At his sentencing a few years ago, former U.S. District Judge Jack Camp (Northern District of Georgia) received consideration of the issue of whether he had had a traumatic brain injury from a bicycle accident a few years before he backed up his stripper girl friend with two firearms (for which he was not prosecuted, since using or carrying a firearm in connection with a drug crime carries a mandatory consecutive sentence) while she bought drugs with money he gave her. One of the counts Judge Camp pleaded guilty to was giving his girl friend his Federally-issued laptop computer!
Posted by: Jim Gormley | Apr 14, 2016 11:40:20 AM
One of the issues for courts going forward is going to be "speculative" traumatic brain injury. Some aspects of TBI will be documented in a defendant's medical records. For other aspects -- e.g., chronic traumatic encephalopathy -- there is no current diagnostic tool and the most that experts can say is that the defendant engaged in activities that create a risk of TBI and that the defendant displays some behavior associated with TBI. Whether this type of evidence is sufficiently definite to get past the admissibility threshold and what weight it should get even if admitted are still very open questions that have only been addressed in a handful of cases.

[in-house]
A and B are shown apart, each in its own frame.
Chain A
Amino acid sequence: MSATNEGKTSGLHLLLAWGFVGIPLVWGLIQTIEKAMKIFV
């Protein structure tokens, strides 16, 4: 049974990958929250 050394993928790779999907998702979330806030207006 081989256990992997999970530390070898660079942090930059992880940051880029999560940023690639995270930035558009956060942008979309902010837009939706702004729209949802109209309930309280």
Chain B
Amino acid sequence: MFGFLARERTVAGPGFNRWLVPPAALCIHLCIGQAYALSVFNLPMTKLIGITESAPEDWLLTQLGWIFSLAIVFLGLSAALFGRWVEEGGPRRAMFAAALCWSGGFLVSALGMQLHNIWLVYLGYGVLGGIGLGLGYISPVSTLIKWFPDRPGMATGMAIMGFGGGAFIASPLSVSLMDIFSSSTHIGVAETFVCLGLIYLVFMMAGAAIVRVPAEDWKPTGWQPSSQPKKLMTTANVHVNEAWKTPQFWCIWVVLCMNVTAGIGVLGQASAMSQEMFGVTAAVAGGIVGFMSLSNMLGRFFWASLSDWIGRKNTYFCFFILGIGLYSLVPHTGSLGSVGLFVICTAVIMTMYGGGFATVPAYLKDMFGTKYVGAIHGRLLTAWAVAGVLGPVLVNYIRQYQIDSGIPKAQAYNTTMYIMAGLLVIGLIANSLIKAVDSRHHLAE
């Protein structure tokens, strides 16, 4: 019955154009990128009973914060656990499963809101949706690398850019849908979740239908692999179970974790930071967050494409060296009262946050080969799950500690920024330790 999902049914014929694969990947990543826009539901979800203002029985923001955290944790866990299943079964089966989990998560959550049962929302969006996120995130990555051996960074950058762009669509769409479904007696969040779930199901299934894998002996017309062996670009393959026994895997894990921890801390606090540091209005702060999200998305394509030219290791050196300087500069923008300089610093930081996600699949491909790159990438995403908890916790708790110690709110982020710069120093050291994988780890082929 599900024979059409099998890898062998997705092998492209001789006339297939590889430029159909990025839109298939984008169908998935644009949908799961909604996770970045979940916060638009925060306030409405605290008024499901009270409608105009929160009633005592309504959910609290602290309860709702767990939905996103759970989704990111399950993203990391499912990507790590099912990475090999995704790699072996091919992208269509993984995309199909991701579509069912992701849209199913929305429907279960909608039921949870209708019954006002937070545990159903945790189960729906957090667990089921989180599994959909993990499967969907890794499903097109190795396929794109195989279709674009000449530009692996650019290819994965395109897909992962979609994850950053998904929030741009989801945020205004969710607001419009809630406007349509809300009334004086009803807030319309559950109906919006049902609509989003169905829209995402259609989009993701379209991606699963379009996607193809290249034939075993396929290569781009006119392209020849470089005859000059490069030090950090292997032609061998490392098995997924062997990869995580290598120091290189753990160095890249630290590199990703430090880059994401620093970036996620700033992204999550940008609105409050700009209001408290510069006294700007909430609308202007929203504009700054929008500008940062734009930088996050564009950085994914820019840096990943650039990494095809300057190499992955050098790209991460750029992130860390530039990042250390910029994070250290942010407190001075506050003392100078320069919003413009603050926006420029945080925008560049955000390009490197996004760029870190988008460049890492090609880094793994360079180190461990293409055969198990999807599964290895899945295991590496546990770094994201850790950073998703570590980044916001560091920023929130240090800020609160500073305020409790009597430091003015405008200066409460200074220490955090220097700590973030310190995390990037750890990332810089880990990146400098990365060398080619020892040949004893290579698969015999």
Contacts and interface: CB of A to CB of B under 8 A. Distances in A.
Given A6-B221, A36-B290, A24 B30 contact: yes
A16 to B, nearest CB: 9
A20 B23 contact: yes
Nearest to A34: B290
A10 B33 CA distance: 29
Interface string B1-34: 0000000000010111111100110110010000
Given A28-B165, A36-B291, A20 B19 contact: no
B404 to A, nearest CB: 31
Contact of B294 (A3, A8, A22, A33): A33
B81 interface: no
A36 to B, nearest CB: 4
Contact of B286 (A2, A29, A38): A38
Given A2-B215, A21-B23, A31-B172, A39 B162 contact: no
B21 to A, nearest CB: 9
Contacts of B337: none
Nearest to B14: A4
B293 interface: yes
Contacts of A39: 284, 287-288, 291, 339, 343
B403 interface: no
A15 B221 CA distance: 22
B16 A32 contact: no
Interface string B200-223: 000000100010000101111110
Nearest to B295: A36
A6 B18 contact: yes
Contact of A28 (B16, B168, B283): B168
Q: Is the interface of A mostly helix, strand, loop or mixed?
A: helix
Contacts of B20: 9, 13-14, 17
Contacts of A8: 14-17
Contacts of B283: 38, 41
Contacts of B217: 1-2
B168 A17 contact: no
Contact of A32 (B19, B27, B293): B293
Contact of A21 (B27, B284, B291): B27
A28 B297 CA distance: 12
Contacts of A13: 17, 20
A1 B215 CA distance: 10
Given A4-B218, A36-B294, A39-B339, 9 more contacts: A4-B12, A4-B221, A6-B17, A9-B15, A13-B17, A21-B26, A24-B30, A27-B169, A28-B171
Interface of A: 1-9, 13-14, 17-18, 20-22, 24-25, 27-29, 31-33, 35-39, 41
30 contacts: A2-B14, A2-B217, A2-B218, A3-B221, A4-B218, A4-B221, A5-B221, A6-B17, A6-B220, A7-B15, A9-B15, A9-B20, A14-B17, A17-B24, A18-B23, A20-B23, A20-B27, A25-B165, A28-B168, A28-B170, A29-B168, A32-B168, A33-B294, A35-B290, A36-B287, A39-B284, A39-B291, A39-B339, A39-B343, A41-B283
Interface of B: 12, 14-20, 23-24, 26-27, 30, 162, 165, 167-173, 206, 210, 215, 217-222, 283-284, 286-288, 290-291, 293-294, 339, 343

Posted by: TMM | Apr 14, 2016 3:51:07 PM
If it should, it shouldn't be limited to "white collar" offenses. When you really think about it, "white collar" offenders are among the most craven in the whole system given that they typically aren't crippled by economics or drugs or both and have opportunities to overcome that most defendants do not.
Posted by: Fat Bastard | Apr 14, 2016 7:28:33 PM